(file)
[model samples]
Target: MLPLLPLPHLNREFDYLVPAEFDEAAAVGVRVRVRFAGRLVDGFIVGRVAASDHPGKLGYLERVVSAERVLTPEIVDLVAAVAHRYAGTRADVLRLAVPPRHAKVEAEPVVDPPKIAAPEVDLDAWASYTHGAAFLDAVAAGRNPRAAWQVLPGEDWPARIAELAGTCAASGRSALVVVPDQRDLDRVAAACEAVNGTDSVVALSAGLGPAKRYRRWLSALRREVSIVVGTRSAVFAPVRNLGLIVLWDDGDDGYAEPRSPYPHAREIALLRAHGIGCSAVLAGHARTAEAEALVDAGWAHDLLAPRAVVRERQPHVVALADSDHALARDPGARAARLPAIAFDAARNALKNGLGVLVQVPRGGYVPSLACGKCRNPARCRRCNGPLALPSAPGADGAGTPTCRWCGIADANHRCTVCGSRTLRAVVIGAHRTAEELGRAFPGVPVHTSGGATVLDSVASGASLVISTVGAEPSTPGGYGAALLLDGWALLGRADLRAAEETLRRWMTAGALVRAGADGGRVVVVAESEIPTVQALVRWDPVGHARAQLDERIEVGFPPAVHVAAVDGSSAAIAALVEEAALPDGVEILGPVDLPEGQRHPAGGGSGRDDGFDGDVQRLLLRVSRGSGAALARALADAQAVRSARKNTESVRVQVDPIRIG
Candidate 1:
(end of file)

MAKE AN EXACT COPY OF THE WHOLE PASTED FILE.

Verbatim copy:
[model samples]
Target: MLPLLPLPHLNREFDYLVPAEFDEAAAVGVRVRVRFAGRLVDGFIVGRVAASDHPGKLGYLERVVSAERVLTPEIVDLVAAVAHRYAGTRADVLRLAVPPRHAKVEAEPVVDPPKIAAPEVDLDAWASYTHGAAFLDAVAAGRNPRAAWQVLPGEDWPARIAELAGTCAASGRSALVVVPDQRDLDRVAAACEAVNGTDSVVALSAGLGPAKRYRRWLSALRREVSIVVGTRSAVFAPVRNLGLIVLWDDGDDGYAEPRSPYPHAREIALLRAHGIGCSAVLAGHARTAEAEALVDAGWAHDLLAPRAVVRERQPHVVALADSDHALARDPGARAARLPAIAFDAARNALKNGLGVLVQVPRGGYVPSLACGKCRNPARCRRCNGPLALPSAPGADGAGTPTCRWCGIADANHRCTVCGSRTLRAVVIGAHRTAEELGRAFPGVPVHTSGGATVLDSVASGASLVISTVGAEPSTPGGYGAALLLDGWALLGRADLRAAEETLRRWMTAGALVRAGADGGRVVVVAESEIPTVQALVRWDPVGHARAQLDERIEVGFPPAVHVAAVDGSSAAIAALVEEAALPDGVEILGPVDLPEGQRHPAGGGSGRDDGFDGDVQRLLLRVSRGSGAALARALADAQAVRSARKNTESVRVQVDPIRIG
Candidate 1: